Smart devices are exploiting our convenience. We shouldn’t let them
They react to commands such as “Alexa” and “OK, Google”, are elegantly designed and beautiful to behold. Smart speakers are the latest lifestyle craze right now. Over Christmas, nearly everyone seems to have gotten one of the fancy new speakers for their homes. And aren’t they wonderful? They willingly obey our every command, always ready to provide us with the latest news, the weather or our favourite music — as long as they get what we are saying. Their stated aim: making our lives more convenient as we chat away with them.
But don’t let yourself be fooled by their makers glistening marketing campaigns. These devices are not here to serve us, at least not in the way we expect them to. Or as writer Timandra Harkness put it eloquently on Twitter: “Yes, it’s a digital servant in your home. But don’t think ‘digital Athens’, think ‘Wolf Hall’. Who are your servants working for? Not you…”. Who then are their true masters if not us? Well — no prizes for guessing — it’s, of course, the companies who build them: Google, Amazon, Apple and Co, all the horsemen of the digital revolution.
A Faustian Bargain
It is not that smart speakers aren’t a useful addition to our already tech-infused lives. Apple’s Siri — once developed as part of an effort to build a virtual office assistant for the US-military — was the proof of concept that voice recognition in combination with AI could help us navigate information and make our life a little less burdensome.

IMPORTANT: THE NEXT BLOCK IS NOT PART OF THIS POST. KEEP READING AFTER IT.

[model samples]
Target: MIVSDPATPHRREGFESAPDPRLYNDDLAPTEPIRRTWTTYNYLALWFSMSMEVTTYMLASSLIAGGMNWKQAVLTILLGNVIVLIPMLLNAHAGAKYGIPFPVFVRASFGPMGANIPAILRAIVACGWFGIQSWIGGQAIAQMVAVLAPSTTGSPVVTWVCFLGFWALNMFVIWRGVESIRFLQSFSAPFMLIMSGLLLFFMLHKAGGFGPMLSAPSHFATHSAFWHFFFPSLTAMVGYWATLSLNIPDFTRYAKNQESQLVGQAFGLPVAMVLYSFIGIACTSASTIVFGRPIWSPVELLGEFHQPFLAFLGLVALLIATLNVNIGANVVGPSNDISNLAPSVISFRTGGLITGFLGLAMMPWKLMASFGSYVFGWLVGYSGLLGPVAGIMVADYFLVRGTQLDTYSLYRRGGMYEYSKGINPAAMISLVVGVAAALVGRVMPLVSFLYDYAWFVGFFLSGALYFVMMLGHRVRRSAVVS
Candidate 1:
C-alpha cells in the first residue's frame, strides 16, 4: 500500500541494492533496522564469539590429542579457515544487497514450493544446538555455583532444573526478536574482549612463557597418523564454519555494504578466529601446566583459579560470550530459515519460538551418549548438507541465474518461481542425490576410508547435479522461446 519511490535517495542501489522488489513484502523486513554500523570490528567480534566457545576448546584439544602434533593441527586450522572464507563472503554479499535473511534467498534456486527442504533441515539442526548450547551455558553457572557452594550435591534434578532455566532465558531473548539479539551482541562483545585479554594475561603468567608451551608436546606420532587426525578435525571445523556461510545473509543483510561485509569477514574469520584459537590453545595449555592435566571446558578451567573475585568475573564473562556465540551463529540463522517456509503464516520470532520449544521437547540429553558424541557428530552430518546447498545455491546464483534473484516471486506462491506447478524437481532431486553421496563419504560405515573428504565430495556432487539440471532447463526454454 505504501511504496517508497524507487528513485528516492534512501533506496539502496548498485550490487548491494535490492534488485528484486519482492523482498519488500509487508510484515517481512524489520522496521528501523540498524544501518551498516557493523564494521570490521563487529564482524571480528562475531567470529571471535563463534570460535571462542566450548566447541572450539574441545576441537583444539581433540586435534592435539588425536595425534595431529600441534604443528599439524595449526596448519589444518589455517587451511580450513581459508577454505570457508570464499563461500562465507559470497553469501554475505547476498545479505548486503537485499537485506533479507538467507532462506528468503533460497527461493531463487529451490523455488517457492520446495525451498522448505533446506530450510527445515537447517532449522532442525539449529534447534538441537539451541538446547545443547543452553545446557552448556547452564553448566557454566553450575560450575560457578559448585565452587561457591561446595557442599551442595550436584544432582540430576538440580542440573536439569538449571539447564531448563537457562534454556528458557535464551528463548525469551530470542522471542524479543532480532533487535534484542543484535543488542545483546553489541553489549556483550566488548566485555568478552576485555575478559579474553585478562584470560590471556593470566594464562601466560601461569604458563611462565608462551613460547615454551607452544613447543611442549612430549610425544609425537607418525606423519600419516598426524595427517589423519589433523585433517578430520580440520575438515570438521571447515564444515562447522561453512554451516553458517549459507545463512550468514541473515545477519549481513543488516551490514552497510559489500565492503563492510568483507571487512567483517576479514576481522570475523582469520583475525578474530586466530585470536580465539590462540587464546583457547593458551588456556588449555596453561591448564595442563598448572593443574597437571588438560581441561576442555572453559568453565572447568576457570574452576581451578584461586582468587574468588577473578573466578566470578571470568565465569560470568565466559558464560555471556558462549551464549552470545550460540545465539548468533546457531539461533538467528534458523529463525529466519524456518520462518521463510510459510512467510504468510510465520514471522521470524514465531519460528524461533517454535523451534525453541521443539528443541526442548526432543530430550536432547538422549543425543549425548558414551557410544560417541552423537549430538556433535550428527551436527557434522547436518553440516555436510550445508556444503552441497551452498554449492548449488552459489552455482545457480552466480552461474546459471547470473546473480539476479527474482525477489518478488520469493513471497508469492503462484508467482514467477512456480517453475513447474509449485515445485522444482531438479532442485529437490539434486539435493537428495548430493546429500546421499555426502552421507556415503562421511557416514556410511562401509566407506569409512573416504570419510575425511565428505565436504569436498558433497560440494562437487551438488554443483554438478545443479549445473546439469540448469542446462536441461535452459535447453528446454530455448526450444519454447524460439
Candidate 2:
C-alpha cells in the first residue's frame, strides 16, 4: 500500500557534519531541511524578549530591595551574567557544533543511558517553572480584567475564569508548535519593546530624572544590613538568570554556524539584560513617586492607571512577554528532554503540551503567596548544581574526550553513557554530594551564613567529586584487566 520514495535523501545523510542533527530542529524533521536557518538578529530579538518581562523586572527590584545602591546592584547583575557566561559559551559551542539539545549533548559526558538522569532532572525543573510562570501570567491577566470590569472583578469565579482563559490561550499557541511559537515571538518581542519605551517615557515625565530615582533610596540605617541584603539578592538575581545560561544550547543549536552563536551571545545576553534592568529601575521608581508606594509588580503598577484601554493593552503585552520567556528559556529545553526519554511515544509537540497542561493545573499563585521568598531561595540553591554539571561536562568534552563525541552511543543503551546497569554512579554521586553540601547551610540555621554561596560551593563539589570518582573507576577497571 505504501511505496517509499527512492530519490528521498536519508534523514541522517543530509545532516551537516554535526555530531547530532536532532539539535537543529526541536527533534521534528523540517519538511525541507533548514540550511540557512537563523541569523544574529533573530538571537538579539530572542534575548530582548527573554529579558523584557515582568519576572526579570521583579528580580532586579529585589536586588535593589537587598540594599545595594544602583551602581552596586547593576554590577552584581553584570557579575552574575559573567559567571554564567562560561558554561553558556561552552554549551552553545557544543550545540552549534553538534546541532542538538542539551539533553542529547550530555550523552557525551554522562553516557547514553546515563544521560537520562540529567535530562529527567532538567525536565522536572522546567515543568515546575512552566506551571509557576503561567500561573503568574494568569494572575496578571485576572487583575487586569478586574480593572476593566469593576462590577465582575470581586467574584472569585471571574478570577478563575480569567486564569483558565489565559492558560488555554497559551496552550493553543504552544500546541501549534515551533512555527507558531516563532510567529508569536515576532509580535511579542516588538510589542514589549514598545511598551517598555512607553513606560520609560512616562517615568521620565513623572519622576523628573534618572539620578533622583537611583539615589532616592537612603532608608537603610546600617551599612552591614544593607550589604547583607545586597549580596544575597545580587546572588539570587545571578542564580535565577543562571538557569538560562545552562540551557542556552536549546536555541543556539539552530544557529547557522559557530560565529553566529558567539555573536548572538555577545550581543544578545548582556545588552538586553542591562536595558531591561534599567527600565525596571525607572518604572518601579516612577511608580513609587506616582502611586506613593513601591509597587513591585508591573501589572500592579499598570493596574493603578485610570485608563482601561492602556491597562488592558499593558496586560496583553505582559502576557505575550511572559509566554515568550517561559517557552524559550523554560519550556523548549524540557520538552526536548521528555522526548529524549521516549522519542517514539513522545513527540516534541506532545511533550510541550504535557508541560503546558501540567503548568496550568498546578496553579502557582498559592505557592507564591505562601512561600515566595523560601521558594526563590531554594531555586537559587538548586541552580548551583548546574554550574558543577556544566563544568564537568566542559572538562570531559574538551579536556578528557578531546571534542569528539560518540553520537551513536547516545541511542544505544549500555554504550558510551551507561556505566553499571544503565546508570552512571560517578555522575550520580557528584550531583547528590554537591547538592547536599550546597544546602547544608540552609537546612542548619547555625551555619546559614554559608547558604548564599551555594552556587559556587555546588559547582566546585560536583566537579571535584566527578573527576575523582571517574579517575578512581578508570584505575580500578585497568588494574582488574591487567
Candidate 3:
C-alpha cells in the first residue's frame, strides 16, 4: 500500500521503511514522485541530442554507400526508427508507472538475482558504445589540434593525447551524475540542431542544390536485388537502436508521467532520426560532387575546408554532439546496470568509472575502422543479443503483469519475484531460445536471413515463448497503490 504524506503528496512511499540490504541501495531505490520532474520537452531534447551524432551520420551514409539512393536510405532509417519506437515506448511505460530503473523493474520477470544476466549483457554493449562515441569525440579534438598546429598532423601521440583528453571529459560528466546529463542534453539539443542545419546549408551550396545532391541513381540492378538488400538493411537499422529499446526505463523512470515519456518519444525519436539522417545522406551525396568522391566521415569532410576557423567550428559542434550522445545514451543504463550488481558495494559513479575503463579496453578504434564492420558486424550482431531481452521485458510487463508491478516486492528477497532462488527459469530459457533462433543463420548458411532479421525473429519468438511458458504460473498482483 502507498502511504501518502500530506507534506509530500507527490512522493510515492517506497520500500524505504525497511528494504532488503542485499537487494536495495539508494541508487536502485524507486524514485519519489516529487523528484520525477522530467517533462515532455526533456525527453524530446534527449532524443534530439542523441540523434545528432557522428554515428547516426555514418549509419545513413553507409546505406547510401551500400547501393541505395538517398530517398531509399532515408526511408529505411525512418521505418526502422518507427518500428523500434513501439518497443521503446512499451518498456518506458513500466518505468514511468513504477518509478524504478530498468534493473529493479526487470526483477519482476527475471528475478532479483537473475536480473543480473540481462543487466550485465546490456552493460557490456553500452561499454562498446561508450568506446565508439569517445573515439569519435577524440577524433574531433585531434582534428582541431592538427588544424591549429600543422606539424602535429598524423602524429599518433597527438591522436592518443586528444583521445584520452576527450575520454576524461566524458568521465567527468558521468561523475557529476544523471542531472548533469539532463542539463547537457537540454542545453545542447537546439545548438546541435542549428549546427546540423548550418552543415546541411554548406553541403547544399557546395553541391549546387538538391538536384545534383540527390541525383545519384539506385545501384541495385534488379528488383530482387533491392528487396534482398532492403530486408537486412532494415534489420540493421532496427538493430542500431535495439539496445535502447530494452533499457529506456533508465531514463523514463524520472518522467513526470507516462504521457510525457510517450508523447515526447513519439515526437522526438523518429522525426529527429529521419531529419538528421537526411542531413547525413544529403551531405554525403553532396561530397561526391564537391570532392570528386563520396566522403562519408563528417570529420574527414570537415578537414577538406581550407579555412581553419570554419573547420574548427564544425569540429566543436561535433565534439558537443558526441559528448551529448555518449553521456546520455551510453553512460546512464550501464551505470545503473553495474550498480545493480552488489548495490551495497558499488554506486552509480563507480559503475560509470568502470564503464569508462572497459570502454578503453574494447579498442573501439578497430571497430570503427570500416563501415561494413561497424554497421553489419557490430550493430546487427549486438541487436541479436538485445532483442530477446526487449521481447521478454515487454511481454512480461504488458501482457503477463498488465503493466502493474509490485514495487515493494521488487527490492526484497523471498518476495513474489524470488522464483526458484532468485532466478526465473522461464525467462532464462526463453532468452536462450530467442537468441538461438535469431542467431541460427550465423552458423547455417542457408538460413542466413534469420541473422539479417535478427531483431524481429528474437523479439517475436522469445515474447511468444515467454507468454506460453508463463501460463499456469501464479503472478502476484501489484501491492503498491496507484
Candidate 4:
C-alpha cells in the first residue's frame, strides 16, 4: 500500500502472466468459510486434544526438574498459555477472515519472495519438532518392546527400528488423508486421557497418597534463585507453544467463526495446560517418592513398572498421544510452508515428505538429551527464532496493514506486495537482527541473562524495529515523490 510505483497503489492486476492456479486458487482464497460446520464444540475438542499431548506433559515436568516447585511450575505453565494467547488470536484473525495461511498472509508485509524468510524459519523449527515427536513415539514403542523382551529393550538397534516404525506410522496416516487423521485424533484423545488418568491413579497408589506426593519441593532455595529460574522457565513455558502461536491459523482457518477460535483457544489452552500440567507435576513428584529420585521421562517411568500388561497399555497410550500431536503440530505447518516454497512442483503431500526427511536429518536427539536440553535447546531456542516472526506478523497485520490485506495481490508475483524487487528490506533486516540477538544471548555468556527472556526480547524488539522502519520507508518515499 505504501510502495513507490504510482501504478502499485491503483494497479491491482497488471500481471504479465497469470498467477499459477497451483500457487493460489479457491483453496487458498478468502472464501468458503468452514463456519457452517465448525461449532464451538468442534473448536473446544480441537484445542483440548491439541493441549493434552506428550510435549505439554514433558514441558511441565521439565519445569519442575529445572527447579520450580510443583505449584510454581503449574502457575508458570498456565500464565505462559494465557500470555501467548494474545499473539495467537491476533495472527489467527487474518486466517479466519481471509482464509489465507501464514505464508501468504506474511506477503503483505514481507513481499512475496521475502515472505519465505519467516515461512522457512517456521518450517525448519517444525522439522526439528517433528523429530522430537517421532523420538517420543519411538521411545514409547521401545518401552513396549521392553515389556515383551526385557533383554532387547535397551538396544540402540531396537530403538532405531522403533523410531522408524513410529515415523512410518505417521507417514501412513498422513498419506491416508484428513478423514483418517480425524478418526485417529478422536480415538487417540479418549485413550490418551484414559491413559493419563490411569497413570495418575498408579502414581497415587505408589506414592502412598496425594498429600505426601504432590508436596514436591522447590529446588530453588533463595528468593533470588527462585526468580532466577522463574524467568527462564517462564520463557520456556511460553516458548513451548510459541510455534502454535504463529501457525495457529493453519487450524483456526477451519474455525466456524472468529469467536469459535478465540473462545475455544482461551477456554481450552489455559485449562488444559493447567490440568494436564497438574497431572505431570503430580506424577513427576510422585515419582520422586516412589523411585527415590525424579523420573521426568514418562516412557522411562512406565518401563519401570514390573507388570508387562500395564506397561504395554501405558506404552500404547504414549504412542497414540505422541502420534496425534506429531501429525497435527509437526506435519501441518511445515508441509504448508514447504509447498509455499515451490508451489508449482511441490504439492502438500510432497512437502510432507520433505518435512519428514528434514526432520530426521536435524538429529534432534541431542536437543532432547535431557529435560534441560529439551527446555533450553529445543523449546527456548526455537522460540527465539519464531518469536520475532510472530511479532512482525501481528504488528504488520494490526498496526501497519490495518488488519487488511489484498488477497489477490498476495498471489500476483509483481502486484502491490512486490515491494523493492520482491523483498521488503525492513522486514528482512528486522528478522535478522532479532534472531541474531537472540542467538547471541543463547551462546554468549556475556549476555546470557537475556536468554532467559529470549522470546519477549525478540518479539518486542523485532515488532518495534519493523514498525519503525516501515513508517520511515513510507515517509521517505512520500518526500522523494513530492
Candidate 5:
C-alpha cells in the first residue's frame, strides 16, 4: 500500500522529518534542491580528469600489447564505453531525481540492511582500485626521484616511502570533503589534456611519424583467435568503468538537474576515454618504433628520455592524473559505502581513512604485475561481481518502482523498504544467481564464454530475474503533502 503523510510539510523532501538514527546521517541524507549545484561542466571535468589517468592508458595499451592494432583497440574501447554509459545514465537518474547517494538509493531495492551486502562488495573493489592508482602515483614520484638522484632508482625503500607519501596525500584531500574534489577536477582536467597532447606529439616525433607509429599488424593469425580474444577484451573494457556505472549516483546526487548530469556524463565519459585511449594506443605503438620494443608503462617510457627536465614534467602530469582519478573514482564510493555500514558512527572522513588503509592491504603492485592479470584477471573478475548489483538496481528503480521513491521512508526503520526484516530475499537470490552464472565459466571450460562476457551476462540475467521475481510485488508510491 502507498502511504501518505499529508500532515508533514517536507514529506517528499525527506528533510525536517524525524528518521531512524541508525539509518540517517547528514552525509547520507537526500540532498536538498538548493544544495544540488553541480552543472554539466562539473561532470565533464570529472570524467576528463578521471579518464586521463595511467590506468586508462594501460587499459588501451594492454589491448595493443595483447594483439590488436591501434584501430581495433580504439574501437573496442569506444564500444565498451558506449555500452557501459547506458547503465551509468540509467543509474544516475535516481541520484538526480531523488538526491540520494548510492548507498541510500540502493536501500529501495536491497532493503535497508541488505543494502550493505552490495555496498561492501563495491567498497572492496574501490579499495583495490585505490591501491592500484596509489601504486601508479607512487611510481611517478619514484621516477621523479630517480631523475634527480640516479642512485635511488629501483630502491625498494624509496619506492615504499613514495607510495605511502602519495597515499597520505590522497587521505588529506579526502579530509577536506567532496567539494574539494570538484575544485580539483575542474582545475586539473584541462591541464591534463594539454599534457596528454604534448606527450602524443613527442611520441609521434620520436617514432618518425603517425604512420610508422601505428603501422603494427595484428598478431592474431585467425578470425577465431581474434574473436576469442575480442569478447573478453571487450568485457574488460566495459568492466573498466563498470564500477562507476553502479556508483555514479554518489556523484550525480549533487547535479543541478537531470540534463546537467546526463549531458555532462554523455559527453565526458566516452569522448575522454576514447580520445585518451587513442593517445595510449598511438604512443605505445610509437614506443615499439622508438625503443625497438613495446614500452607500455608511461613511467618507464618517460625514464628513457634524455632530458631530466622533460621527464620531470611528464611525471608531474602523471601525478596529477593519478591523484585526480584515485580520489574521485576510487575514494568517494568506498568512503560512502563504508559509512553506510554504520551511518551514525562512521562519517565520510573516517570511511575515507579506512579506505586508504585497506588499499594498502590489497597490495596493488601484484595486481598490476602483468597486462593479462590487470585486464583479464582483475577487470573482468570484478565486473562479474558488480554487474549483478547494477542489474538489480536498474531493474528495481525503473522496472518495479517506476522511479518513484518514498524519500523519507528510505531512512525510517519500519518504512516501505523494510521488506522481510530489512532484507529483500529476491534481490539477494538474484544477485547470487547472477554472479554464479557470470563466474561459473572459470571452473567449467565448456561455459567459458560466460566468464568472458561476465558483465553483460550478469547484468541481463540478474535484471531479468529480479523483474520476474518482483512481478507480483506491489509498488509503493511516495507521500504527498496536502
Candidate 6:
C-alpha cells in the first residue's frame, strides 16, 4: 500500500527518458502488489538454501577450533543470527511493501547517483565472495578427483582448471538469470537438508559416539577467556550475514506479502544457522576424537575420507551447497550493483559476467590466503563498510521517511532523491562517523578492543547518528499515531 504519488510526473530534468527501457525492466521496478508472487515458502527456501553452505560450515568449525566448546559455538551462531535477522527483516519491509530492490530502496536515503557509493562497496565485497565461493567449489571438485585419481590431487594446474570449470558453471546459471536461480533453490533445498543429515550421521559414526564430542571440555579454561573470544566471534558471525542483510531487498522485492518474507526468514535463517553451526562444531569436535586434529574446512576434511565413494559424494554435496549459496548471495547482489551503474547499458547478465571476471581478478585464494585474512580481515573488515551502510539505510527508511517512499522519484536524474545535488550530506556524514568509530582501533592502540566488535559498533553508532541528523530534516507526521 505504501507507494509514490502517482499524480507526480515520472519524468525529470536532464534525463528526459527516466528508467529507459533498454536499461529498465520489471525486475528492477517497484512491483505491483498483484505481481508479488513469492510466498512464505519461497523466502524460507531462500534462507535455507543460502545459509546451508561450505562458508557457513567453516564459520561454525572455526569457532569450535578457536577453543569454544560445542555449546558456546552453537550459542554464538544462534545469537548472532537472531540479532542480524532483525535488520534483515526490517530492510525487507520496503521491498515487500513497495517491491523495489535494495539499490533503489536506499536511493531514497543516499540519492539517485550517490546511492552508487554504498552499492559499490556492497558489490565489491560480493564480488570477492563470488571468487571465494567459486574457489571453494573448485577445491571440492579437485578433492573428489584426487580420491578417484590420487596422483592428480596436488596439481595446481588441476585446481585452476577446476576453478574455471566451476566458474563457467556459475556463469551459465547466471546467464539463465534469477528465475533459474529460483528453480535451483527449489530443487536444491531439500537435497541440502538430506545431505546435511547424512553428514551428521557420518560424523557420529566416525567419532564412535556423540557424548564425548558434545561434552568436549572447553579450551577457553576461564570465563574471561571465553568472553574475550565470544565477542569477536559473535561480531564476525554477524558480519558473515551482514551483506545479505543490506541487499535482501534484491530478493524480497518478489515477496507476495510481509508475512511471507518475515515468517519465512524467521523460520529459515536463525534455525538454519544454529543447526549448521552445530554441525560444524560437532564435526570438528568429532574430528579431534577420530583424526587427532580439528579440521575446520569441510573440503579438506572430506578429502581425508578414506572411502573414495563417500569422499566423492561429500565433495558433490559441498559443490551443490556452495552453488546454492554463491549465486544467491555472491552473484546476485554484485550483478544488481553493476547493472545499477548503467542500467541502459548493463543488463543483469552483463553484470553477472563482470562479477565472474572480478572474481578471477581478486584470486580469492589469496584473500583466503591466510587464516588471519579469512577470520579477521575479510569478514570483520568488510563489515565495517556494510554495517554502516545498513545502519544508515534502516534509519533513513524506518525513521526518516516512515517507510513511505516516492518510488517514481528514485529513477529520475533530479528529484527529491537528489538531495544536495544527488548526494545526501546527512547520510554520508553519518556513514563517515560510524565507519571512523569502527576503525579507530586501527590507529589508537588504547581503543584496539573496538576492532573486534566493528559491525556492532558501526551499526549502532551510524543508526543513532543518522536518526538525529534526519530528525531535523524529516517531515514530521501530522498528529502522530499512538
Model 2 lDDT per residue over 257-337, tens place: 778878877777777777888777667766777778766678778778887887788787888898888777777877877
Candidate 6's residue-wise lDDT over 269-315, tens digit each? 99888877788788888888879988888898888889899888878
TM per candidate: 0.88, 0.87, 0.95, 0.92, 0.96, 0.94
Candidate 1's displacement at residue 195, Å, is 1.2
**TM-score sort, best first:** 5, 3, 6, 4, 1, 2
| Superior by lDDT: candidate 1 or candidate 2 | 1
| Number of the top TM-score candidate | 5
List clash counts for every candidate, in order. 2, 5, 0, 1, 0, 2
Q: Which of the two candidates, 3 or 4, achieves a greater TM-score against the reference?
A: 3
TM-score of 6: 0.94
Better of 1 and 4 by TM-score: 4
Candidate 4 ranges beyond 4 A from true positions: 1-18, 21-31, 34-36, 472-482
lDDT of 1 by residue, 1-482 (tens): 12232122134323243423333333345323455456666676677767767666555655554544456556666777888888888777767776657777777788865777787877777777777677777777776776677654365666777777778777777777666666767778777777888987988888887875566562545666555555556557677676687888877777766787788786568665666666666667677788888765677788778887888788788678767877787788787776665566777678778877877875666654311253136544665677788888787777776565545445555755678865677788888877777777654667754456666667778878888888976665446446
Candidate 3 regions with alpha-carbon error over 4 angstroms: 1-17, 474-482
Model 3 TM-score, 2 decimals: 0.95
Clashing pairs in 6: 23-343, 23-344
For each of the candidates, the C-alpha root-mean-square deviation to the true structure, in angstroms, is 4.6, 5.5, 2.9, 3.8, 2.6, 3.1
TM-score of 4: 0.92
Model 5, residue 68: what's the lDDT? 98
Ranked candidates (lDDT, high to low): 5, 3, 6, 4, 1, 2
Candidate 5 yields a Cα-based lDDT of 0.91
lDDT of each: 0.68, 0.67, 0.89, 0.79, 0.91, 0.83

Siri also demonstrated that users were willing to talk to digital assistants, something that previously had only existed in Star Trek. Fast forward a few years and everyone is doing it. And who wouldn’t want to admit that it’s nice to come home, hands full with grocery bags and shout “Alexa, play me some Diana Krall” to get into that relaxed evening mood? Who cares about gloomy Kassandra’s screaming “1984” and “big brother is listening”?
Well, we better should. Unsurprisingly, all this convenience comes with a heavy price tag. As technology makes our lives increasingly comfortable we happily give up even more privacy. Privacy versus convenience is the key trade-off of our time if we are willing to acknowledge it or not. Smartphones, those portable collectors of our data, were the first step. Now we are simply moving to the next level.
Tech companies, even if they claim the opposite, are all too willing to exploit smart devices in the search for new revenue streams. That smart speakers “serve” us is in this context at best thinly veiled tokenism. Amazon wants to drive consumption, Google wants to sell our data so that others can make us consume more. The vision is to have such devices in every part of the house, listening to our every word, all the time.
Surveillance, coming to a home near you soon
In fact, the plans for this are already on the table. A recent study by Consumer Watchdog, a leading US-taxpayer and consumer advocacy, has revealed that Amazon and Google have filed several patent applications which would dramatically expand the intrusion into our private lives.
According to the applications, Amazon considers surveilling us even if we don’t directly address Alexa. Smart speakers are constantly listening in on our conversations anyway (they have to in order to work), so why not use that extra information to target us and everyone in proximity with related advertising? Or how about slipping a few advertisements into Alexa’s replies? Apparently, Amazon is considering that as well.